There’ll be a time in our life, where most of us will have to care for those we love, nurse them through a challenging time where they are struggling either mentally, or physically. Ala Nunu’s sensual animated short Ahead, pictures one such relationship, where one partner is portrayed as headless and in need of support from the other. Created with the hope that her film will “help some people feel seen”, Ahead is a soft, touching watch, brimming with unrecognisable worlds and universal emotions.
“Can you fix something that doesn’t want to be fixed?”
Introducing us to her committed couple, as they brush their teeth in front of the bathroom mirror (an impossible task for someone with no head!), Ahead follows the couple through a series of everyday scenarios until the “headed” of the pair leaves the comfort of their home on a mission to help their partner. Now alone, we start to understand the support the headless one needs, as the safe, gentle environment they live in is invaded by irregular and unwelcome guests, disrupting the balance of their coexistence.
Ahead is centred around the question of whether you can actually help someone if they’re not ready for that help. “Can you fix something that doesn’t want to be fixed?”, Nunu asks as we discuss the narrative of her short and it’s a relatable question, something many of us will have probably pondered in our own relationships.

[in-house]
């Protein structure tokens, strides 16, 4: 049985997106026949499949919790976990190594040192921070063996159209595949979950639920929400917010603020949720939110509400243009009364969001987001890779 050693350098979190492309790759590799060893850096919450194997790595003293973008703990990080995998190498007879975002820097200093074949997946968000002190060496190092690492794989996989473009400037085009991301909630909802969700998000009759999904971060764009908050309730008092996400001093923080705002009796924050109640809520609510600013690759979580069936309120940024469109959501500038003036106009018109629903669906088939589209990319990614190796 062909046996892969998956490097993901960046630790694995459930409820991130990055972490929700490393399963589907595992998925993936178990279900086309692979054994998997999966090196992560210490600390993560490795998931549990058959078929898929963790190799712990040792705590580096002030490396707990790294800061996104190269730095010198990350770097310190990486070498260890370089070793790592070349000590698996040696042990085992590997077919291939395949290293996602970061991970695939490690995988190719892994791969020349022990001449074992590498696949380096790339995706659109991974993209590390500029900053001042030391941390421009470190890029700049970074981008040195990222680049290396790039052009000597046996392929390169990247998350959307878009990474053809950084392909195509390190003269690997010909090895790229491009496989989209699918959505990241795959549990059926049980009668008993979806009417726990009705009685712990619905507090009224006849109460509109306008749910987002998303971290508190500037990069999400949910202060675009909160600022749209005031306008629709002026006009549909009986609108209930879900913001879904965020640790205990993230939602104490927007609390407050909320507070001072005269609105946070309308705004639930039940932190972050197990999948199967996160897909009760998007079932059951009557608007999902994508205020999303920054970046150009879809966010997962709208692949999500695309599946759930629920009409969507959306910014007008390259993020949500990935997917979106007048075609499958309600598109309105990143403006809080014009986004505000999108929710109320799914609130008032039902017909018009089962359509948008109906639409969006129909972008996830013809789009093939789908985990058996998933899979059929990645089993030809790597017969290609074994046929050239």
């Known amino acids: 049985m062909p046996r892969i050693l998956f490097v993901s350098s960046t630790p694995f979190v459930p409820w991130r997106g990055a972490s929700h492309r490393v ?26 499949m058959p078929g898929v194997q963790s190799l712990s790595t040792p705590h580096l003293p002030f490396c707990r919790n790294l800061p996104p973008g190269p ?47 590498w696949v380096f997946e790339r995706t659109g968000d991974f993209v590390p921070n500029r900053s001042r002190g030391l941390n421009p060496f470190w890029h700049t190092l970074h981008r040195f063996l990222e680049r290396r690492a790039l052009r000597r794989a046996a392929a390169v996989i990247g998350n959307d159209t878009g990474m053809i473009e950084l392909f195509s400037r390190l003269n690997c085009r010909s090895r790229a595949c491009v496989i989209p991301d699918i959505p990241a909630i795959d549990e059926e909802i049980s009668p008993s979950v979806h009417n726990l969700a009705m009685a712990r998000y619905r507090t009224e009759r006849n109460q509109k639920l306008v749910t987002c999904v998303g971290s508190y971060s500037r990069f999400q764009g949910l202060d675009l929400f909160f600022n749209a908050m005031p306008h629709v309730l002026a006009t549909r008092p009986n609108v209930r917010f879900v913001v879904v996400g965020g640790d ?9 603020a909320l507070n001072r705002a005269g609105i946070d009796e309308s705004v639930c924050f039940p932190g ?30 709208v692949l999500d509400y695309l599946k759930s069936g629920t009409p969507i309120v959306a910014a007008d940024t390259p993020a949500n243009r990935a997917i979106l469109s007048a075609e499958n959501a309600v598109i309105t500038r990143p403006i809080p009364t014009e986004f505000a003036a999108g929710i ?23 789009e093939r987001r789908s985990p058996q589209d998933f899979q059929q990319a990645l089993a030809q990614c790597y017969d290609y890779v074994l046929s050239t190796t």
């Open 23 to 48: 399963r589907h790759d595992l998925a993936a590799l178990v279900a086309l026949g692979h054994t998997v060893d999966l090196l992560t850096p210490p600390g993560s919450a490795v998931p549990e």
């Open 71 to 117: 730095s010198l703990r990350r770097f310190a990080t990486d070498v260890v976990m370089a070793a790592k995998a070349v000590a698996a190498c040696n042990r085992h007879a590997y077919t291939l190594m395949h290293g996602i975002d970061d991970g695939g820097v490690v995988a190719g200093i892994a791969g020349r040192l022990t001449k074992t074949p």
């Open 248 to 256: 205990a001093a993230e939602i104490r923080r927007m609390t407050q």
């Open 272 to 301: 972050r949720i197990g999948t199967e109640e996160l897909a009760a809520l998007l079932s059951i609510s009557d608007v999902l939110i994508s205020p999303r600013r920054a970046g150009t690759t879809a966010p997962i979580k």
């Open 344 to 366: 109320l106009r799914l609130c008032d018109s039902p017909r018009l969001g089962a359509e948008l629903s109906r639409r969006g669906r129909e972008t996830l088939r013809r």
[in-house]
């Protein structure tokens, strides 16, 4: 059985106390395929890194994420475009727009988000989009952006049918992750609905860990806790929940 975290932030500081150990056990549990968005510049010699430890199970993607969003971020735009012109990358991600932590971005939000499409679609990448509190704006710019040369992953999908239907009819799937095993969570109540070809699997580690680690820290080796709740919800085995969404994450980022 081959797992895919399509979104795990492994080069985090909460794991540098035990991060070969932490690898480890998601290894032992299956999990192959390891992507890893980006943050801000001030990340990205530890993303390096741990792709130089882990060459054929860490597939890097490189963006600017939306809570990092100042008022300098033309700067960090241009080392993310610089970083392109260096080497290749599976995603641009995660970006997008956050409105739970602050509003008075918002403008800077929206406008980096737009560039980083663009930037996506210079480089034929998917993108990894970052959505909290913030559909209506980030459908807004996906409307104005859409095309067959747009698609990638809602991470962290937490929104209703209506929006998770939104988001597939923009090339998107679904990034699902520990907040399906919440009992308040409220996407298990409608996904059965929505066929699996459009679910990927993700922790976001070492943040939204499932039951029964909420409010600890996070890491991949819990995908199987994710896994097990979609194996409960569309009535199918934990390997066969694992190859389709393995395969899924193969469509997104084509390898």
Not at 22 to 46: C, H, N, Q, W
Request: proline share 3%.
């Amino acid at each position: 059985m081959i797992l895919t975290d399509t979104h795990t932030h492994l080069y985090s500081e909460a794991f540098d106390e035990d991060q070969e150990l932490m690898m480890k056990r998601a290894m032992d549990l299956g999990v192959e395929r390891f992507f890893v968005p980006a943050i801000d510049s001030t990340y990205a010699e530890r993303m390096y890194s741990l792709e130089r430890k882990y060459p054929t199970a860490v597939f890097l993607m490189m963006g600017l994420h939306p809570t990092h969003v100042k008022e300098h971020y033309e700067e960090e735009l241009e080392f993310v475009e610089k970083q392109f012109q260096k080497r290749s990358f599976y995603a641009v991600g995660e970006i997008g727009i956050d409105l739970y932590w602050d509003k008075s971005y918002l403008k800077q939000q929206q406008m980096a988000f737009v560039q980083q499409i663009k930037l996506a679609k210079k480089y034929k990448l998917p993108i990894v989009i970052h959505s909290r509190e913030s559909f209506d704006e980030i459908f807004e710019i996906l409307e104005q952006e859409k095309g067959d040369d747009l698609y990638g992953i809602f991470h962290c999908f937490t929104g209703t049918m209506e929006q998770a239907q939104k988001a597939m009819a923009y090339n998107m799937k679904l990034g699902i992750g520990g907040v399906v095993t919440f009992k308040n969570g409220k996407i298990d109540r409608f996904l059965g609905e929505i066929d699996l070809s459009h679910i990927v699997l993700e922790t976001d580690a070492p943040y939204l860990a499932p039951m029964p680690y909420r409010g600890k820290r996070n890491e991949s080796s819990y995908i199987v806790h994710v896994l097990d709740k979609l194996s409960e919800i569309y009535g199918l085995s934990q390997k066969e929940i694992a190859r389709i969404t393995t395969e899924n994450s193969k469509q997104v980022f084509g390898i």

“Is that helping the other person or rather yourself?”, the filmmaker adds, hoping to inspire some debate around her thought-provoking film. Though Ahead feels like a film that can have multiple interpretations, very much dependant on your own experiences, Nunu wanted to address “the inability of taking action”, ensuring her short presented both sides of the story – “the perspective of the person experiencing it, as well as the person who is sharing a life with someone feeling the constant fear.”
For me, the real power (and appeal) in Ahead is in how it encourages you to reflect on your own relationships. You might not be exactly like the couple in the film, but maybe there are elements of their characteristics or their relationship that strike a chord. Personally, I pictured myself more as the headless one, not broken as such, but in need of support and Ahead helped me realise there’s no real shame in recognising that – it’s actually quite a liberating thing to admit.
Ahead started life as what Nunu describes as a series of “unconnected scenes that intuitively felt part of the story”. Those ideas were then edited down to create a dialogue-free narrative set in a surreal yet intimate world. Here at S/W we think it’s a beautiful, contemplative short and we eagerly await what its creator does next.
Ala Nunu is part of the COLA production cooperative and is now working on various projects, including what she defines as a “first professional film”